Ochoa noticed that this sort of explosion had happened several times throughout Colombia’s history and in response to different injustices. "I wanted to analyse it. What are we going to do with all this rage?" By putting it on stage, "we need to see it to somehow understand it – in order to heal."
Threaded throughout the festival are performances from Indepen-dance’s different performance groups. "A big focus for the whole of Indepen-dance", continues Hartley, "is to provide the chance for their dancers to show off their work on an international stage, with international performers – it’s so exciting for them."
The Adult Performance Company performing on Wednesday night are premiering Aya Kobayashi’s Huddle. "It’s got a lovely soundtrack," enthuses Hartley. "I was sitting in the hall outside the rehearsal studio a few weeks ago just listening to the amazing music. [Aya] did say 'it’s based around the lives of penguins'. And when I said that sounded interesting, she looked at me to say: ‘YES. It’s going to work!' I’m quite intrigued by that, Aya’s work is always so sensitive and on-the-button, it gets you right there."
One work that has been in the making since before the pandemic is Entwined. Directed by former Scottish Ballet principal dancer Eve Mutso, and featuring striking visuals and a new score from composer J.P Waksman, it is performed by Indepen-dance’s Small Ensemble performance group on the Saturday evening. Mutso will also perform later that evening with Joel Brown in 111, an intricately crafted duet between two powerful dancers.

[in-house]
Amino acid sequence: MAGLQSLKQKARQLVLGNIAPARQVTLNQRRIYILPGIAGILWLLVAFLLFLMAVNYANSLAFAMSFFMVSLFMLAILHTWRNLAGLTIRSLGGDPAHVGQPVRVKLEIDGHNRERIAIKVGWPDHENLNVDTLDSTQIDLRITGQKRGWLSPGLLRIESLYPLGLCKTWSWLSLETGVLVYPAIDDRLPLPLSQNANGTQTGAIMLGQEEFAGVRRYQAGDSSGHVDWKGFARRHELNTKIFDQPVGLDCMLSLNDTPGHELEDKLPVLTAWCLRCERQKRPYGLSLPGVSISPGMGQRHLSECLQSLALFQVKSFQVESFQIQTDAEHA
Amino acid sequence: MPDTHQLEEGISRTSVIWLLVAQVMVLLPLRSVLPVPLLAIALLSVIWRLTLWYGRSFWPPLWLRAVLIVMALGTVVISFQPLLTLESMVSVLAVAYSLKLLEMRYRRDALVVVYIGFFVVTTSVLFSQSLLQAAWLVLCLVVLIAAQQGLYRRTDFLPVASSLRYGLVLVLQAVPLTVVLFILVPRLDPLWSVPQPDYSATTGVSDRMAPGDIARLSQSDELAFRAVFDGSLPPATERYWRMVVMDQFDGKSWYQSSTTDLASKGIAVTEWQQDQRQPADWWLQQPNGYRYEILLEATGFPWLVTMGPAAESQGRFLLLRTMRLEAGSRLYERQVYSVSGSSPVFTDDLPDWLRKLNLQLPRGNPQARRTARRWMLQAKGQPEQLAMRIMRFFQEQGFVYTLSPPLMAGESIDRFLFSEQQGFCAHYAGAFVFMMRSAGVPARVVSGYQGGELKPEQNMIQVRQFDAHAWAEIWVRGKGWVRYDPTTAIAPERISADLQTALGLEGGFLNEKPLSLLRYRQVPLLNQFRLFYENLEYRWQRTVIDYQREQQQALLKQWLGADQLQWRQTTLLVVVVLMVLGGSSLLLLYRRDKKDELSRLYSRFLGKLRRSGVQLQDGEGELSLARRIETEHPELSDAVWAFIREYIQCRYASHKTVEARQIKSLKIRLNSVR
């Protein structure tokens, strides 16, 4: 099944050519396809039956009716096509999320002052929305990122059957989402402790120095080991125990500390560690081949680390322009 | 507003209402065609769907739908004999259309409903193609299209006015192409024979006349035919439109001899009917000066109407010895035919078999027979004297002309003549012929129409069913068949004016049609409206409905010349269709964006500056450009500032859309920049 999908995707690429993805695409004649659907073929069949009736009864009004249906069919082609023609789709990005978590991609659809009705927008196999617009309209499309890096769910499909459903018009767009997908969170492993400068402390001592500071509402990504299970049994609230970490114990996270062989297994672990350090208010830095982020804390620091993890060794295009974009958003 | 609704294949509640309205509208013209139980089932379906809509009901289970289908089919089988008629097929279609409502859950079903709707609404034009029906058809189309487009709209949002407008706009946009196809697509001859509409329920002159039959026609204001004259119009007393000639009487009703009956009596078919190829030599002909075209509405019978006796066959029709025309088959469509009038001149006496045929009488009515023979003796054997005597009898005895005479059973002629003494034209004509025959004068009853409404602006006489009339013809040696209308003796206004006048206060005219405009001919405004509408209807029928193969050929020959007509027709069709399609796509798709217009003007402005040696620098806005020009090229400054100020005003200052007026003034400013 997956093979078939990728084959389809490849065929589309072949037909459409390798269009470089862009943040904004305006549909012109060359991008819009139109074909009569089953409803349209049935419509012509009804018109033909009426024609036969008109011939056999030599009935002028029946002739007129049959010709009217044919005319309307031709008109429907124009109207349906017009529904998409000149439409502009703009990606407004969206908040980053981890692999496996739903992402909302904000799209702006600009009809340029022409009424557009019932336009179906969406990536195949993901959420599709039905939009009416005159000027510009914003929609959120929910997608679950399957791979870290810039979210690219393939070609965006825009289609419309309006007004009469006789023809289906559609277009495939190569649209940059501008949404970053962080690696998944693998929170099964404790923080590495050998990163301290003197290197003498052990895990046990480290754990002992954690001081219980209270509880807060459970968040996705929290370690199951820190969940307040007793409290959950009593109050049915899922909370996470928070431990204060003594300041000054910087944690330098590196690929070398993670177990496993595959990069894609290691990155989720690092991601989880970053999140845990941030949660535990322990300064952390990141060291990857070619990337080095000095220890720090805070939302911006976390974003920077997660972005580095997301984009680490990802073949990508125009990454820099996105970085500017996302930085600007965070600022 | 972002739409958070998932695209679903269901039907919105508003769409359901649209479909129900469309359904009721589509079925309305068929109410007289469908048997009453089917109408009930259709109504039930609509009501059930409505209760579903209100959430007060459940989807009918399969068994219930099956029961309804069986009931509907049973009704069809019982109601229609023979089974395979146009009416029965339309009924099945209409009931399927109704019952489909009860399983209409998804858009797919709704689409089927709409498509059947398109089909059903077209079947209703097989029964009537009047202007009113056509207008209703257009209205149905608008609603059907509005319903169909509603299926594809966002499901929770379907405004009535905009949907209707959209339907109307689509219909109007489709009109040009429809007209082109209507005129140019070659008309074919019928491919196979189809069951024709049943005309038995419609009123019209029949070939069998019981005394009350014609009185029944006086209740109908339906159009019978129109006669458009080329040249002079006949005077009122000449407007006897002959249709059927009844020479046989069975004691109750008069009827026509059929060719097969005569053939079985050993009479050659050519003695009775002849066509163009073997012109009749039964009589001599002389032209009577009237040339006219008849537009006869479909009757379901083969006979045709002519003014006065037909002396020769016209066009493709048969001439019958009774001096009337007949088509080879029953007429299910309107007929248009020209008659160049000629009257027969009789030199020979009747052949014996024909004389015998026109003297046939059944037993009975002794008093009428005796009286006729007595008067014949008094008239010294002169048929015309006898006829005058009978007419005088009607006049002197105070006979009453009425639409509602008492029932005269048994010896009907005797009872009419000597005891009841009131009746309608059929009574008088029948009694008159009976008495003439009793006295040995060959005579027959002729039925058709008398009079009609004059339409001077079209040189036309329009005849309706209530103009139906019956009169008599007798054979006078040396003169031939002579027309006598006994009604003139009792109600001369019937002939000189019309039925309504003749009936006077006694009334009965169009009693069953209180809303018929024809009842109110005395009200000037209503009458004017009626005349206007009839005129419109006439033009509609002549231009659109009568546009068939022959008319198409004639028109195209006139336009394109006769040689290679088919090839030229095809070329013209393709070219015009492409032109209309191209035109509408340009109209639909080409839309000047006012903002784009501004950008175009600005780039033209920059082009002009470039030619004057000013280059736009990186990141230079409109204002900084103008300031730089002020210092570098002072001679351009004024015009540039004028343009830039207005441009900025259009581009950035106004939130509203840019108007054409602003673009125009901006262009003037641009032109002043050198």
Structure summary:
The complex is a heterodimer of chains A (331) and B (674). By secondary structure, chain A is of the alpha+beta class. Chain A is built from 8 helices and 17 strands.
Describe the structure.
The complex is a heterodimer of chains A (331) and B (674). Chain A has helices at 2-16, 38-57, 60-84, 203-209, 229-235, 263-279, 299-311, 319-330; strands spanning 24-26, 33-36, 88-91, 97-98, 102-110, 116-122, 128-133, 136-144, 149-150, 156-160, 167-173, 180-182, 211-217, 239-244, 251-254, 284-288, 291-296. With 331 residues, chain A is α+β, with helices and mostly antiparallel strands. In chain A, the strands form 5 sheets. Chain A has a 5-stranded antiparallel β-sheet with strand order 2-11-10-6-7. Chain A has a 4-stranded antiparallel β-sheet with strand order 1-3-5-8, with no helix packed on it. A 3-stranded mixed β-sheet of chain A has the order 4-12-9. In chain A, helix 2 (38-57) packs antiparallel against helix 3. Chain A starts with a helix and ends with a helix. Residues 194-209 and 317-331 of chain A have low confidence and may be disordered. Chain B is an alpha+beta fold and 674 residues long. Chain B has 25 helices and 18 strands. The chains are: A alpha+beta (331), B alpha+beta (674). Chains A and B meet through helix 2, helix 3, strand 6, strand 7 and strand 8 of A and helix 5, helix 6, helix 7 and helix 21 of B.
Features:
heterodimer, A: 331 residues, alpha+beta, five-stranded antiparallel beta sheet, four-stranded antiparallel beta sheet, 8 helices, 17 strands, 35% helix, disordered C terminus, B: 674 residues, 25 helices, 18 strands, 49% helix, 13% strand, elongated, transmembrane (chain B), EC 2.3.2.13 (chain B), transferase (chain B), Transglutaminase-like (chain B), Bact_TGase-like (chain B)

Performing in Entwined is Julie Spence, who has been working with Indepen-dance since 2015, first as Creative Dance Assistant and now as a Dance Worker. With Entwined having been on pause for many years, Spence is looking forward to that sense of ‘achievement’ when the group finally manage to perform it: "It’s going to be magical!" Mutso would regularly come to rehearsals to watch the group practice. From there, Spence explains, Mutso was able to create movements or creative tasks that she felt would show off the strengths of each individual dancer.
There is a very strong connection within the group: "We all have that passion for dance and it makes you feel secure and trust in your own movements." It’s an enthusiasm and passion that seeps through the organisation and all those who speak for it. For Spence, there will likely be some "happy tears" on the night.
Gathered Together 2022, Tramway, 6-9 Jul